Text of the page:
Besides, just look at ’em. Over-designed upstarts, the whole lot. Amateurs, hovering over the streets like they own the place. Black’s such an arrogant, monologuing wanker, even his teammates call him out on it. (“Only thing that shuts him up is a soccer game.” “Football, you uneducated Yank!”) Their resident magician, The Hat (Andrew Kishino) is an unrepentant drunk and, like all drunks, has only that one trait to define him. Coldcast (Catero Colbert), the team Brick and resident energy sponge/projector, is a big pile of nothing with the movie’s worst lines. (“They have microwave popcorn in your terror-ass country?”) Menagerie’s the team puppy-kicker and develops and instant crush on Supes that pissed me off as much as it did Lois, though for different reasons. Mainly because it’s her only defining trait.
Like most of Superman’s rogues, the Elite are obsessively one-note, and that one note only gets older the more times it’s played. By the end, we’re waiting for Superman (thank you, don’t forget to tip your waitress) to beat them down not because their leader is a lying psychopath who can kill people with his brain, but because a Kryptonian knuckle sandwich looks like the only thing that’ll shut him the fuck up. With him gone, the other (more interesting) members of the team might have space to breathe, maybe get a word in edgewise. We learn Manchester’s backstory, but the other three are consigned to a one-line explanation. It’s a waste of three good power-sets and at least two decent character designs. (Don’t ask me what the fuck’s up with Coldcast.) Which is part of the reason why Kelly spent the last eleven years working (off an on) with these characters.
Thankfully, that decade-plus of experience, combined with the relative freedom of screenplay format, allow Kelly to up-end certain genre expectations. For one thing, he turns the traditional “they-fight-then-team-up” story structure on its head. Superman and the Elite meet over an boarder war between two (safely fictional) countries. Kent’s quick to criticize their lack of concern for collateral damage (pot, meet kettle) but he’s a nice guy at heart, quick to give them the benefit of the doubt. Together, in the film’s best sequence, they save two train’s worth of Chunnel passengers from a terrorist attack, with Supes only balking once Black subjects two prisoners to telekinesis-enhanced interrogation techniques.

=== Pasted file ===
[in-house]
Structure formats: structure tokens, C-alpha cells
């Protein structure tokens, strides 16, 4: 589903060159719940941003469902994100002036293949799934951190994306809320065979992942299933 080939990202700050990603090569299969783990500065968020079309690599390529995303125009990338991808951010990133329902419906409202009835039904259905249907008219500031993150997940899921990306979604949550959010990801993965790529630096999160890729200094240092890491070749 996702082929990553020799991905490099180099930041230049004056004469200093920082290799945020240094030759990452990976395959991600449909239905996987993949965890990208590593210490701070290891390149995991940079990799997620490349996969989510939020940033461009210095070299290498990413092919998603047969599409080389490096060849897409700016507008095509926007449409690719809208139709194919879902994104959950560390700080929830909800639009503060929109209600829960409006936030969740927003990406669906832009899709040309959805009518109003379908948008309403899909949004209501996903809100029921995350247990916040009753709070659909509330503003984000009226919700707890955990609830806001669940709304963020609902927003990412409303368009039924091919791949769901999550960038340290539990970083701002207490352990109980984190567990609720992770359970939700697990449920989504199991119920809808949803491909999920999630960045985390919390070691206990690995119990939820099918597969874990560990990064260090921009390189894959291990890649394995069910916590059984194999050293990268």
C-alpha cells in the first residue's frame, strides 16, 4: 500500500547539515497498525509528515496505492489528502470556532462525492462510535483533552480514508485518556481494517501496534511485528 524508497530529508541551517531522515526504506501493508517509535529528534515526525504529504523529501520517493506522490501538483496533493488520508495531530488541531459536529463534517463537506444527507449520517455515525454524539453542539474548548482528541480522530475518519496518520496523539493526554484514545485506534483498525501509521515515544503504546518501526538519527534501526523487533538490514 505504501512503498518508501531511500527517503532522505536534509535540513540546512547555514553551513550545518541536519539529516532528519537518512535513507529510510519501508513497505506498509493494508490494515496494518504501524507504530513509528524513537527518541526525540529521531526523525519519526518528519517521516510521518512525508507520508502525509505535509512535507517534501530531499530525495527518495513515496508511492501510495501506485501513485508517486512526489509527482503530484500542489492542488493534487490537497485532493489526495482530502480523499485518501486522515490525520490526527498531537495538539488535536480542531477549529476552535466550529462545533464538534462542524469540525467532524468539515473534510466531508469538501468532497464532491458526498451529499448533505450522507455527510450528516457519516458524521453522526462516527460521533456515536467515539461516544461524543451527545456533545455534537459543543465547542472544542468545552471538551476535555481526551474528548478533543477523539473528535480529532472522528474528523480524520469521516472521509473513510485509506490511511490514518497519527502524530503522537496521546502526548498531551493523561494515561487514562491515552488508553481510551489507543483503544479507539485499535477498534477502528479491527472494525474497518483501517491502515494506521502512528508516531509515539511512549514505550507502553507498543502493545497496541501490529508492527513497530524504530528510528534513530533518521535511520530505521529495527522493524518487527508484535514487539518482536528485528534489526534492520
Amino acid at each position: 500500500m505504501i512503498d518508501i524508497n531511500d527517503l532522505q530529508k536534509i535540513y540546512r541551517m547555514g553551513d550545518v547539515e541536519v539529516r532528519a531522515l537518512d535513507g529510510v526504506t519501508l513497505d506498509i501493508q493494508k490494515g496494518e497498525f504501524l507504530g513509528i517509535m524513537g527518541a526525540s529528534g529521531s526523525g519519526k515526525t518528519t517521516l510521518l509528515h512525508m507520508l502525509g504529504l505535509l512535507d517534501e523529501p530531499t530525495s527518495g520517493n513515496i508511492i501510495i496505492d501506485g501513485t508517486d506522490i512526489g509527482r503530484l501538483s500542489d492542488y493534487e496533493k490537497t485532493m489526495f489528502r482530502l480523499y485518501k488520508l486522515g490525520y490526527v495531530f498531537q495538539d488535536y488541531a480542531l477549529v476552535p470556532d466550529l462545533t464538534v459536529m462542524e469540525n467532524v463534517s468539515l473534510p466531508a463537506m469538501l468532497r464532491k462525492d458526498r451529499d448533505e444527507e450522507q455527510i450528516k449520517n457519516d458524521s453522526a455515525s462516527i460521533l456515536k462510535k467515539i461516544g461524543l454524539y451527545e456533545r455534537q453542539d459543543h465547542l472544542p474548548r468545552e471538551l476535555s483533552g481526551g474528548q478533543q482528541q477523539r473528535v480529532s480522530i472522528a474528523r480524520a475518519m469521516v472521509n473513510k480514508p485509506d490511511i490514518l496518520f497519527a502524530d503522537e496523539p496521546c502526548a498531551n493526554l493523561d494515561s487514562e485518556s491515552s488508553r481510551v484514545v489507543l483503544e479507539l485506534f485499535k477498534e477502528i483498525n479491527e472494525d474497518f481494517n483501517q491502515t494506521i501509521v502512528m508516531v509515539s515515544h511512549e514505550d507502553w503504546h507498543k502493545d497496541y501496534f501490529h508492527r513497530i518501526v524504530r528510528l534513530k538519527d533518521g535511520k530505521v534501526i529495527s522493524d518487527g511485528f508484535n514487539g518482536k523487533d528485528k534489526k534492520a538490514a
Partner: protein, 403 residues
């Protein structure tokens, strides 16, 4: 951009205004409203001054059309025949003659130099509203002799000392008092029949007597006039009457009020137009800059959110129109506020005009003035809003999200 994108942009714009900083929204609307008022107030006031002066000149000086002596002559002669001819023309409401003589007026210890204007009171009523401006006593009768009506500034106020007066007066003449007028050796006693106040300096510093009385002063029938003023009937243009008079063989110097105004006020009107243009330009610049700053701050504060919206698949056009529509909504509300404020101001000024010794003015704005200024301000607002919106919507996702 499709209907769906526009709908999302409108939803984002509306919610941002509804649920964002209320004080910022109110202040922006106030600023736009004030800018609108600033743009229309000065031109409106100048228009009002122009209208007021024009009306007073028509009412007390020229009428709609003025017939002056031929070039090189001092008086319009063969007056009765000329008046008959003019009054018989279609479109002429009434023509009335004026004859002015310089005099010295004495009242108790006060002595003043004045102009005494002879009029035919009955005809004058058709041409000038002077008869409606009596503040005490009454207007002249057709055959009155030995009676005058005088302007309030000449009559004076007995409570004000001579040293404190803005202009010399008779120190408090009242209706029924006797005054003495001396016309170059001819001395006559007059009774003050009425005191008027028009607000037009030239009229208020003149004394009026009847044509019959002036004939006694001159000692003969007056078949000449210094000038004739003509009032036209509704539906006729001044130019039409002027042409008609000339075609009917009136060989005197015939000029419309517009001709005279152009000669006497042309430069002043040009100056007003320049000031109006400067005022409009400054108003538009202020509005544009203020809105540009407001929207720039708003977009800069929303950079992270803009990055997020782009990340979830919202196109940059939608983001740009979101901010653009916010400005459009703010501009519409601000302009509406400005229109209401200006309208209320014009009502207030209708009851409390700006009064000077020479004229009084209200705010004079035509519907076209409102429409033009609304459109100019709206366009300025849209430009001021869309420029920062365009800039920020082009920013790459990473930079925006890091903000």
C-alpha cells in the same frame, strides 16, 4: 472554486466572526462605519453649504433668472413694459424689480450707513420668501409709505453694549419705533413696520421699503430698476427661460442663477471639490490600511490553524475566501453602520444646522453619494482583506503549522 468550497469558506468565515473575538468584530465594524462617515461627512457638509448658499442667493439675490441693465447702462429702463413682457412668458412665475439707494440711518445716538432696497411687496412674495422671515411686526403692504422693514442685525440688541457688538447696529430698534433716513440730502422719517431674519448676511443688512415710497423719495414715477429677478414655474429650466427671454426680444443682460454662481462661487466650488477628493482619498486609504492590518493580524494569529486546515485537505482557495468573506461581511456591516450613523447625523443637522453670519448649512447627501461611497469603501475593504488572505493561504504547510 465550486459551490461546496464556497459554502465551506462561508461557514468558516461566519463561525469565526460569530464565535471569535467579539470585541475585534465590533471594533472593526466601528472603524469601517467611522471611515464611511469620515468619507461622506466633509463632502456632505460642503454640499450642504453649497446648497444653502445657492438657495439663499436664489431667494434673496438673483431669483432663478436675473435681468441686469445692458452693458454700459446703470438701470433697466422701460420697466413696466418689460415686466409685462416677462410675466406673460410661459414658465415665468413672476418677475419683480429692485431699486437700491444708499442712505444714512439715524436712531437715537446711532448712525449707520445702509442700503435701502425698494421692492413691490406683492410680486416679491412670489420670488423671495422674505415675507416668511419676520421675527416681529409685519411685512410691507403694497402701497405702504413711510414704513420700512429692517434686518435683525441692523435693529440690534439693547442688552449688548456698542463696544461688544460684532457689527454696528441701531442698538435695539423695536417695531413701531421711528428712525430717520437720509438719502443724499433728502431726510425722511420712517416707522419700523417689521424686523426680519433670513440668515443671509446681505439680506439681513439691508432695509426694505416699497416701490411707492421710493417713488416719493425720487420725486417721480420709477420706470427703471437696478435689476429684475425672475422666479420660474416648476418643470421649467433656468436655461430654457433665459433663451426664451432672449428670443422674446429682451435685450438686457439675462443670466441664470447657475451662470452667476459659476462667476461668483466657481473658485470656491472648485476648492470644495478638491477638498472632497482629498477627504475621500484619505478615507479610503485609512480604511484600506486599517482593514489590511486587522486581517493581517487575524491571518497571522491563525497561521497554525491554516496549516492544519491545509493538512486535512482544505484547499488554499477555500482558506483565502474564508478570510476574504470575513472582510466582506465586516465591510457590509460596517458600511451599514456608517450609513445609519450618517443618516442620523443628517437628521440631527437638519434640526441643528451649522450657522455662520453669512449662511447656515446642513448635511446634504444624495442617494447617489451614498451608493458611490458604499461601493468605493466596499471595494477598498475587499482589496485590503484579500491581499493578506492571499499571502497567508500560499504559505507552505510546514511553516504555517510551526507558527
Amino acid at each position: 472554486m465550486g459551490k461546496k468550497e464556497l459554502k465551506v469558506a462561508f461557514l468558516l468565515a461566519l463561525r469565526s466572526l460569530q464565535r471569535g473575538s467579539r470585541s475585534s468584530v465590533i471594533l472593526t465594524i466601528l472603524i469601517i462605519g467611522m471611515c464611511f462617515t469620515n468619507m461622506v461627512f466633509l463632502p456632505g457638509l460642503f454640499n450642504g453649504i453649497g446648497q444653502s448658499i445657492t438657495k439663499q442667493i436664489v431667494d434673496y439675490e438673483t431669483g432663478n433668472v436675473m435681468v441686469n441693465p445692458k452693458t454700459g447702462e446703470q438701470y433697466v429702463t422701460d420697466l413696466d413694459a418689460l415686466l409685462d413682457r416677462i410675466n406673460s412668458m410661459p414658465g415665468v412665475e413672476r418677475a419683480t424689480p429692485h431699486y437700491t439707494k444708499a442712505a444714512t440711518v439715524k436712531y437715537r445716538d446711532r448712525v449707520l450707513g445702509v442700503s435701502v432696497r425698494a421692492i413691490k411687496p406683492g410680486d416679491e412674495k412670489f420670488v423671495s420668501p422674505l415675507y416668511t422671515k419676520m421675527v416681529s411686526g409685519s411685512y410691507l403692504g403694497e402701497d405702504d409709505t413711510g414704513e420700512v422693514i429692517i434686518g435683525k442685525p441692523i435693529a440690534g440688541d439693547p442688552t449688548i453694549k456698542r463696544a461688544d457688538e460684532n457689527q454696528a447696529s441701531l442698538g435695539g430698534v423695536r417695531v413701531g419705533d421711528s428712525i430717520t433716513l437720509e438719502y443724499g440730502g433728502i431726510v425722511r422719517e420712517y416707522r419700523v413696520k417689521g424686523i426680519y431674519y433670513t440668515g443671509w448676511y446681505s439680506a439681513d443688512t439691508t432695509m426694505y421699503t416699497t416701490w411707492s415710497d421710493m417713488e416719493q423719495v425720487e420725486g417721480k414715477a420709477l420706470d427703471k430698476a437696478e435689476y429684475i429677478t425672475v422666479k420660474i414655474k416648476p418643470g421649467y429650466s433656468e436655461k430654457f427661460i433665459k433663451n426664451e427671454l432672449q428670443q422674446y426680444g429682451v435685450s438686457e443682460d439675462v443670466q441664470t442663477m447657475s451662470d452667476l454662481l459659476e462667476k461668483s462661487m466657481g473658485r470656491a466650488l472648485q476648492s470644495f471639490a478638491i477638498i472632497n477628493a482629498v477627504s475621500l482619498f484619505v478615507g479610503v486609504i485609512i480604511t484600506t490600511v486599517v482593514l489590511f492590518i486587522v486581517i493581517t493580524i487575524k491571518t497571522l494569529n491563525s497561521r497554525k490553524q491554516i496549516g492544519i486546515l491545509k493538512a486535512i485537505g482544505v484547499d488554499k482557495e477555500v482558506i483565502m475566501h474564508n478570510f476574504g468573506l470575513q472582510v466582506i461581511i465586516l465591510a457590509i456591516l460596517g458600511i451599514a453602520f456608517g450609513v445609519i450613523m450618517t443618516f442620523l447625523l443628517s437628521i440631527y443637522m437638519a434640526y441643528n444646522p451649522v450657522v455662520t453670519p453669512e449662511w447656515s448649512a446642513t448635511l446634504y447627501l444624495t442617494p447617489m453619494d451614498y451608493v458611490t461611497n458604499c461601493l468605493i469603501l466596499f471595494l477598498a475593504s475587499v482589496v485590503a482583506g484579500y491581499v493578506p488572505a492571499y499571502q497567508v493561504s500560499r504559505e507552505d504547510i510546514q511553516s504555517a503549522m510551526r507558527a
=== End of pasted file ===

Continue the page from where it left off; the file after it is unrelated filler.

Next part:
It’s a movie-length extention of that scene from The Dark Knight everyone loves,
Brian: What gives you the right? What’s the difference between you and me?
Batman: I’m not wearing hockey pads.
except less-flippant. Because, again, Superman’s more personable than that. Like Batman, his presence warps the world and as time’s gone on he’s grown hyperconscious of his ability to inspire all the wrong people. You want to talk vulnerabilities? The modern Superman’s terribly insecure about how his public perceives him, frequently resorting to that thing he did in Superman Returns where he flies around listening in on what The People are saying. But unlike Batman, Clark’s unwilling to sully that public image, even in the name of some Greater Good. The second he did, Lex Luthor and every other rat bastard like him would pounce faster than a feral cat. “See, you fools? I was right all along! He’s too powerful! You just can’t trust him!”
This story thrives on the idea that maybe…just maybe…the Elite will push Clark to do just that. It almost works now that the WB have grown a pair and let their storytellers use the PG-13 rating to depict some genuinely gruesome things. Onscreen dog-killing is still verbotin, but onscreen people-killing’s a-okay, allowing Superman’s moral stance against it (and attempts to prevent it) actual weight. There are stakes to his conflict and a proper build up to the Climactic Battle, creating tension by setting up expectations of defeat, both in us the audience and in Superman himself. There’s a moment where Jonathan Kent (Paul “I’ve been a voice actor since the original Transformers cartoon” Eiding) – and I love Paul Eiding’s version of Jonathan Kent – assures his son, “if those knuckleheads don’t quit tugging on your cape, you can always kick their self-righteous asses to kingdom come.” Clark’s interrupted by a phone call before he can answer – Atomic Skull’s escaped again. But there’s just enough of a pregnant pause to see the wheels turning in Our Hero’s head.